Supreme Court Justice Ruth Bader Ginsburg issued a concurring opinion to Stephen Breyer’s majority opinion for why the nation’s highest court ruled to strike down Texas’ strict abortion law in the Whole Woman’s Health v. Hellerstedt case. State officials who authored the law did so on the argument that it set higher standards for ensuring women’s health and safety during abortions. Whole Women’s Health argued that the law was designed to restrict and eventually end abortion in Texas.
In her opinion for why the provisions in the law are unconstitutional, Ginsburg used the same example that was cited by attorneys for the state of Texas in their oral arguments before the Supreme Court. The lawyers and Ginsburg both brought up the name Kermit Gosnell. Gosnell, a doctor and abortion provider, and his “house of horrors” made national headlines in 2010 when he was arrested, and during the years that his trial followed. He was convicted in 2013 on three counts of murder, for killing babies that were born alive in his abortion clinic, and in the wrongful death of one of his patients. The Washington Post has a useful and complete refresher on the case here.
The pro-life movement and conservatives in general seized on the Gosnell case and its outcome influenced the HB2 law, as it became known, which was enacted in Texas the same year Gosnell was convicted. Lawmakers pointed to the Gosnell case as a chief reason to tighten standards on abortion providers.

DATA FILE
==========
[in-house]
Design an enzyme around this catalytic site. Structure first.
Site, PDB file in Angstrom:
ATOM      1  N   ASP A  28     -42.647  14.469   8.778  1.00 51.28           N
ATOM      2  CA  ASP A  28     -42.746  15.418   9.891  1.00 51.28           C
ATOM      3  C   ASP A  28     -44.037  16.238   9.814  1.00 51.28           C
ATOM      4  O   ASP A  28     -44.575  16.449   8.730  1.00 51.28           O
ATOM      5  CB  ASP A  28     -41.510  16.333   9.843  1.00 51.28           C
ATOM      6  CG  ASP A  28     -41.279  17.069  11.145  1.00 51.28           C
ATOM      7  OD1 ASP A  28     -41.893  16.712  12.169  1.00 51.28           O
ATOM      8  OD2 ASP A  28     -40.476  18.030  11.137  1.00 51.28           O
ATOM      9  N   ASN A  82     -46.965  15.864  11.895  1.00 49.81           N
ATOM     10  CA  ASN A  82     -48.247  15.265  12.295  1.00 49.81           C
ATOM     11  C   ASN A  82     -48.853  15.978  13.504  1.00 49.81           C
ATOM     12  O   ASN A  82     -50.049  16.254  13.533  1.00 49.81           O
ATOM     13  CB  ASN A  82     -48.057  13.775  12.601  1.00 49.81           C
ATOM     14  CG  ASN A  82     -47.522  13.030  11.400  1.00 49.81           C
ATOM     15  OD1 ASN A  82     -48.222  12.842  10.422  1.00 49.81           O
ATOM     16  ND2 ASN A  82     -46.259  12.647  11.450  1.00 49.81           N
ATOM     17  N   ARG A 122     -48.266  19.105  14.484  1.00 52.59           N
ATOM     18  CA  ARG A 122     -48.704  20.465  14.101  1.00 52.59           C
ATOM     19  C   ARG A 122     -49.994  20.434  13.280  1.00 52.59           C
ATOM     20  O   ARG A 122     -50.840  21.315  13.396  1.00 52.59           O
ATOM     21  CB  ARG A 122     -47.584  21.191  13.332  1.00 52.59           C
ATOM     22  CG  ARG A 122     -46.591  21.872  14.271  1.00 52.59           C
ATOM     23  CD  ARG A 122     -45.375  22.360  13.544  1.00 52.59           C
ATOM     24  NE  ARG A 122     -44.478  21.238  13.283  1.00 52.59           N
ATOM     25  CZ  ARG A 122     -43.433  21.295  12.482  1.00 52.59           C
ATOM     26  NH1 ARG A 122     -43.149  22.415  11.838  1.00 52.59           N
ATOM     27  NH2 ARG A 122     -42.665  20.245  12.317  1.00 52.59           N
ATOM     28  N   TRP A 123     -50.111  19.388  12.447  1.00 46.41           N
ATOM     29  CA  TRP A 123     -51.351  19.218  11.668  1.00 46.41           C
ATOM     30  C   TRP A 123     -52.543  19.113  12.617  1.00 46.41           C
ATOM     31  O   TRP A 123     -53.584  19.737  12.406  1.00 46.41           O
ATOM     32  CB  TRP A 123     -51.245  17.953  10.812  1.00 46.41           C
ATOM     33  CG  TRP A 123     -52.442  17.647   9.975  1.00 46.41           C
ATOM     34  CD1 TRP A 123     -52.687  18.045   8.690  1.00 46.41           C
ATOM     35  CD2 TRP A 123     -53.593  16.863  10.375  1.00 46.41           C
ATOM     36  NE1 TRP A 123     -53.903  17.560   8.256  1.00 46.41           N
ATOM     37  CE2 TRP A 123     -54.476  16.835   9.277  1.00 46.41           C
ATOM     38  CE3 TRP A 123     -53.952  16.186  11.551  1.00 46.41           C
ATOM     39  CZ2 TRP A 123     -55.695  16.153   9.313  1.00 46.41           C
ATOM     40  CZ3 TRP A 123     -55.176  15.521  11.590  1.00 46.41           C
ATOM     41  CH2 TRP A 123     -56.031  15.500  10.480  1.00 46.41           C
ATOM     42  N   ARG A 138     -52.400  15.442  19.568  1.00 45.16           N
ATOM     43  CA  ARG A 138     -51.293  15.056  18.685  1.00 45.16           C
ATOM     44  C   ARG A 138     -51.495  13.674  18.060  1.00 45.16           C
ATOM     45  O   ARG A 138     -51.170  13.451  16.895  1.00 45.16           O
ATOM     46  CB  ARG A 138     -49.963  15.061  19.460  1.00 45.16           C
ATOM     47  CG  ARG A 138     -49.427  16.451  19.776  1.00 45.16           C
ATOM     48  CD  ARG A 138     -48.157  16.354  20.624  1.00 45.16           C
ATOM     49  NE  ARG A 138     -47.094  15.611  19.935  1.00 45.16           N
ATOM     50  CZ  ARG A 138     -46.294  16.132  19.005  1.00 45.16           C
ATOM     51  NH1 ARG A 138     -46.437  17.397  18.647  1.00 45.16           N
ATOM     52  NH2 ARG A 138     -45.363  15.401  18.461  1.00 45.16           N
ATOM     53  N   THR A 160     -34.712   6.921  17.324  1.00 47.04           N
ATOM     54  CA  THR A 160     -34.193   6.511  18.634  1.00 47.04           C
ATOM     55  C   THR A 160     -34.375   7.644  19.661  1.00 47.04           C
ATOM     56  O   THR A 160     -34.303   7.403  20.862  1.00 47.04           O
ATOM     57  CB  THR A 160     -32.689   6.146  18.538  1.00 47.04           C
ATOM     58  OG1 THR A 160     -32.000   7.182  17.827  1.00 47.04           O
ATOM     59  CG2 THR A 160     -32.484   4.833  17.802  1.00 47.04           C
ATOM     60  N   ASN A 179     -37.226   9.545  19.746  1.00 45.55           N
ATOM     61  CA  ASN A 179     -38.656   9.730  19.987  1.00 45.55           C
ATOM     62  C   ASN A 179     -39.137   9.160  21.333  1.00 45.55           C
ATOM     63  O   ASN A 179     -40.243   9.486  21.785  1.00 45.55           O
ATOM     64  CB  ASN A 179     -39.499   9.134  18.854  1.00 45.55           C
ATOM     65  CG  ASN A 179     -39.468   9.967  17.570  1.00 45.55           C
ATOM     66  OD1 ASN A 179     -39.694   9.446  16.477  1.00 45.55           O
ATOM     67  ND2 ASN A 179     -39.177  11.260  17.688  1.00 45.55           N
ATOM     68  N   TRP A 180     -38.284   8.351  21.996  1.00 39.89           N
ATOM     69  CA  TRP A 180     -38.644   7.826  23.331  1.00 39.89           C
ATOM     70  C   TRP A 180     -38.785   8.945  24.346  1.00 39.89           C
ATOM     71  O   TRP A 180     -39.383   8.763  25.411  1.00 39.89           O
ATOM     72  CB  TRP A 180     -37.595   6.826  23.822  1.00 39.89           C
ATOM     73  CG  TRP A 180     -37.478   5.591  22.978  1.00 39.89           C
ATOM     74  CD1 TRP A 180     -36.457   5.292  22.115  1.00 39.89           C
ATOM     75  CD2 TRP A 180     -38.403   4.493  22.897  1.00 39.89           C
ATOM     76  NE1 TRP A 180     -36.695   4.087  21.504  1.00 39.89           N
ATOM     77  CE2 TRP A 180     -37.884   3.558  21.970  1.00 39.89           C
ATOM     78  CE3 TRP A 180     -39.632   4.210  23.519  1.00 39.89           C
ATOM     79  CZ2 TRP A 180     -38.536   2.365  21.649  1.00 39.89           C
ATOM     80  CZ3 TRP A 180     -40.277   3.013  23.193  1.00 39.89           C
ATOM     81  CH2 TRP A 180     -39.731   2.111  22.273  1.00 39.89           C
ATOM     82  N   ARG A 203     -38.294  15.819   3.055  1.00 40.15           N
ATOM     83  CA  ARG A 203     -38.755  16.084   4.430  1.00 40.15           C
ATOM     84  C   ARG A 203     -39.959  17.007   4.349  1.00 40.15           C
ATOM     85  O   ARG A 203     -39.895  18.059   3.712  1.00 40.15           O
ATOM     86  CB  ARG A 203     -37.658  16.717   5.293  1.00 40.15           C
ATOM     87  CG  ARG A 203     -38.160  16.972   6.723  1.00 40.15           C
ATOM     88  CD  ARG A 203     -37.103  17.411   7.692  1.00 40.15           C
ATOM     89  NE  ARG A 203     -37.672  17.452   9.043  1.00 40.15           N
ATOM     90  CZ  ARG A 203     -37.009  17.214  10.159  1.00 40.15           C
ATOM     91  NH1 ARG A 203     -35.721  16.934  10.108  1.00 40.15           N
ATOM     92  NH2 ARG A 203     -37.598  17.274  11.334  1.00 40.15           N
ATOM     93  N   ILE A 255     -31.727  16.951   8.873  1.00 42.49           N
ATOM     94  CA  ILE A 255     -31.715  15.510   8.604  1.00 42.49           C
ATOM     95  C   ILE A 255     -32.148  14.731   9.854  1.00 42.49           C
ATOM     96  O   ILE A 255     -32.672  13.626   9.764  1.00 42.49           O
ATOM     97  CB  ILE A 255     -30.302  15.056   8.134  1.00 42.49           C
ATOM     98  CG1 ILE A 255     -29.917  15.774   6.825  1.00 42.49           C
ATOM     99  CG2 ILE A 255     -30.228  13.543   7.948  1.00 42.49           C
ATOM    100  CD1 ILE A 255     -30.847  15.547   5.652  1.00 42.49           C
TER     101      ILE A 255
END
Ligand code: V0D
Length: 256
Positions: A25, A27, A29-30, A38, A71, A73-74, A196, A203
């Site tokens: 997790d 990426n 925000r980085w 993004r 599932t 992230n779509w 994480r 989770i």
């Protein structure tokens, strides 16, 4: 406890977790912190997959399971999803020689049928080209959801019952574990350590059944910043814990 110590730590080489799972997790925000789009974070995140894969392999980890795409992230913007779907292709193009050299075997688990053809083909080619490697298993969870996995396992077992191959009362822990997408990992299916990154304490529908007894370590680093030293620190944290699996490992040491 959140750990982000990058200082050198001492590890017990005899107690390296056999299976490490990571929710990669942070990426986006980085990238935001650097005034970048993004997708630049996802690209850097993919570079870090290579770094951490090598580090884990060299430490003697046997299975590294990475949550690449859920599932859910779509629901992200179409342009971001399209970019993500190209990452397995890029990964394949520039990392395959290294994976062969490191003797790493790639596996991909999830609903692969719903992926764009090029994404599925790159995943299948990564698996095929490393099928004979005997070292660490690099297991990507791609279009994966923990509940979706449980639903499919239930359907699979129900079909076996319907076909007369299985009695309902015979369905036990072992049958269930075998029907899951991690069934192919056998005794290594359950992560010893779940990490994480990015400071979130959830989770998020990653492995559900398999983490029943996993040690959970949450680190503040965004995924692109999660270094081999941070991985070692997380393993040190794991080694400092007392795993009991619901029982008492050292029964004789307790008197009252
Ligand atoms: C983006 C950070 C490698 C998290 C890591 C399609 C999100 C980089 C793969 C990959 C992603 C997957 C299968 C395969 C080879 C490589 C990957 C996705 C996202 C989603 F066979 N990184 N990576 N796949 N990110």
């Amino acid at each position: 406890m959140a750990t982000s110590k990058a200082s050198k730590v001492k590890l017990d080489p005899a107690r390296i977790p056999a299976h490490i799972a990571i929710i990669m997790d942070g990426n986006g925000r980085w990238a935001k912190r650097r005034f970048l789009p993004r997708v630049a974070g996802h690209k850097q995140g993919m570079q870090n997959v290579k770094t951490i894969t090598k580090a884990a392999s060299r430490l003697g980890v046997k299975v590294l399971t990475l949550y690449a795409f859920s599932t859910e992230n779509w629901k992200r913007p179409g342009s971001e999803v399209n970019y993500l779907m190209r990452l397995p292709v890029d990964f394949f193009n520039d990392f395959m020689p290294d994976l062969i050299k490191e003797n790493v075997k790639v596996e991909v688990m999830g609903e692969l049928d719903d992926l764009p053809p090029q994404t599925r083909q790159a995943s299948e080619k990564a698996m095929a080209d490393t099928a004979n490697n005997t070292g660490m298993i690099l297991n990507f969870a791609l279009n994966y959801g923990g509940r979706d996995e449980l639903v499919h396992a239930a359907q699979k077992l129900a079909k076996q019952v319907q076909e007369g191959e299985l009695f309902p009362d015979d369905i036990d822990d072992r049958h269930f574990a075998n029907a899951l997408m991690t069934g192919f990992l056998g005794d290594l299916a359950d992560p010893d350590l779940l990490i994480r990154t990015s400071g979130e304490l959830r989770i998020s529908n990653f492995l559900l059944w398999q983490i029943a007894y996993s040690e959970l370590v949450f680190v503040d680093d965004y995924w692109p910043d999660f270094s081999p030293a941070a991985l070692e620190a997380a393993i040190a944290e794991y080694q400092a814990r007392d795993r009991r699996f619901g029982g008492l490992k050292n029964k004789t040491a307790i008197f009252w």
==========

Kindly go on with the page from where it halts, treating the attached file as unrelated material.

The basic gist of Ginsburg’s argument was that when women’s access to abortion is blocked or severely limited, then they are more likely to seek abortions from the likes of a Kermit Gosnell.
“When a State severely limits access to safe and legal procedures, women in desperate circumstances may resort to unlicensed rogue practitioners, faute de mieux, at great risk to their health and safety,” Ginsburg wrote. The myth she dispelled — and that the law was based on — is that undergoing an abortion at a clinic is inherently dangerous for women. “Many medical procedures, including childbirth, are far more dangerous to patients, yet are not subject to ambulatory surgical-center or hospital admitting-privileges requirements,” she pointed out in her opinion. Indeed, the statistics support her argument. Based on data gathered between 1998 and 2006, experts estimated the risk of a woman dying after childbirth was 10 times greater than the risk of dying following an abortion.
Read the full story at The Washington Post.